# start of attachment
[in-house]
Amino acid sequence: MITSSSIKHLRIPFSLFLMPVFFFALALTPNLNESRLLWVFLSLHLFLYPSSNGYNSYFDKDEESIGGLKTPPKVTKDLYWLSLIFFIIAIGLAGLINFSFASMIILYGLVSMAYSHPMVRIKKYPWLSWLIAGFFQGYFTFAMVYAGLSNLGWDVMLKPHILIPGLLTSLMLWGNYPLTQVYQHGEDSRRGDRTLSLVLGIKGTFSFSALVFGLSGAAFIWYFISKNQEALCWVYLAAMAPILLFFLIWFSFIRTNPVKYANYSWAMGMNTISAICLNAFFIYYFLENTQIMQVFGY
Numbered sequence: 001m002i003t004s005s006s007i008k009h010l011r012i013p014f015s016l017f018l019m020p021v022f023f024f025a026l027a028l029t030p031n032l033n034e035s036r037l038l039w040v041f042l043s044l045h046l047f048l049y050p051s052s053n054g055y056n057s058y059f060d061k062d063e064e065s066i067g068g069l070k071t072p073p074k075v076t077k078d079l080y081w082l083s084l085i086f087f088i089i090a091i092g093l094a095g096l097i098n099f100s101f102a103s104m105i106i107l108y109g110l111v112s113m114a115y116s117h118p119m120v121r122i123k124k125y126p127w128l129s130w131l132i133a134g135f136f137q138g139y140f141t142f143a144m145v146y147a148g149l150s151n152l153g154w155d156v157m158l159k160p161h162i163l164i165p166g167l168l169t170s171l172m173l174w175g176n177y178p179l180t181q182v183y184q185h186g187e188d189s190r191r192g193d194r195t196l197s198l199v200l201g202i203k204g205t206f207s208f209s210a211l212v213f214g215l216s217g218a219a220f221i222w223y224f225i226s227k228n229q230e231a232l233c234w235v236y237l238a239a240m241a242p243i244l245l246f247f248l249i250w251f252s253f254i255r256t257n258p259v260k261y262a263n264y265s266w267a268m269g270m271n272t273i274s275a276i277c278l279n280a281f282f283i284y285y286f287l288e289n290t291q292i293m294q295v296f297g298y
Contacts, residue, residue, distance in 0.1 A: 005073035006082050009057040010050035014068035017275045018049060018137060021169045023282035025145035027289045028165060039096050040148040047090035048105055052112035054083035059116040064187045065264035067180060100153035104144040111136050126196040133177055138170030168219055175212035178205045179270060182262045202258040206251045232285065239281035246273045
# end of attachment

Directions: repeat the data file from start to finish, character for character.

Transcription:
[in-house]
Amino acid sequence: MITSSSIKHLRIPFSLFLMPVFFFALALTPNLNESRLLWVFLSLHLFLYPSSNGYNSYFDKDEESIGGLKTPPKVTKDLYWLSLIFFIIAIGLAGLINFSFASMIILYGLVSMAYSHPMVRIKKYPWLSWLIAGFFQGYFTFAMVYAGLSNLGWDVMLKPHILIPGLLTSLMLWGNYPLTQVYQHGEDSRRGDRTLSLVLGIKGTFSFSALVFGLSGAAFIWYFISKNQEALCWVYLAAMAPILLFFLIWFSFIRTNPVKYANYSWAMGMNTISAICLNAFFIYYFLENTQIMQVFGY
Numbered sequence: 001m002i003t004s005s006s007i008k009h010l011r012i013p014f015s016l017f018l019m020p021v022f023f024f025a026l027a028l029t030p031n032l033n034e035s036r037l038l039w040v041f042l043s044l045h046l047f048l049y050p051s052s053n054g055y056n057s058y059f060d061k062d063e064e065s066i067g068g069l070k071t072p073p074k075v076t077k078d079l080y081w082l083s084l085i086f087f088i089i090a091i092g093l094a095g096l097i098n099f100s101f102a103s104m105i106i107l108y109g110l111v112s113m114a115y116s117h118p119m120v121r122i123k124k125y126p127w128l129s130w131l132i133a134g135f136f137q138g139y140f141t142f143a144m145v146y147a148g149l150s151n152l153g154w155d156v157m158l159k160p161h162i163l164i165p166g167l168l169t170s171l172m173l174w175g176n177y178p179l180t181q182v183y184q185h186g187e188d189s190r191r192g193d194r195t196l197s198l199v200l201g202i203k204g205t206f207s208f209s210a211l212v213f214g215l216s217g218a219a220f221i222w223y224f225i226s227k228n229q230e231a232l233c234w235v236y237l238a239a240m241a242p243i244l245l246f247f248l249i250w251f252s253f254i255r256t257n258p259v260k261y262a263n264y265s266w267a268m269g270m271n272t273i274s275a276i277c278l279n280a281f282f283i284y285y286f287l288e289n290t291q292i293m294q295v296f297g298y
Contacts, residue, residue, distance in 0.1 A: 005073035006082050009057040010050035014068035017275045018049060018137060021169045023282035025145035027289045028165060039096050040148040047090035048105055052112035054083035059116040064187045065264035067180060100153035104144040111136050126196040133177055138170030168219055175212035178205045179270060182262045202258040206251045232285065239281035246273045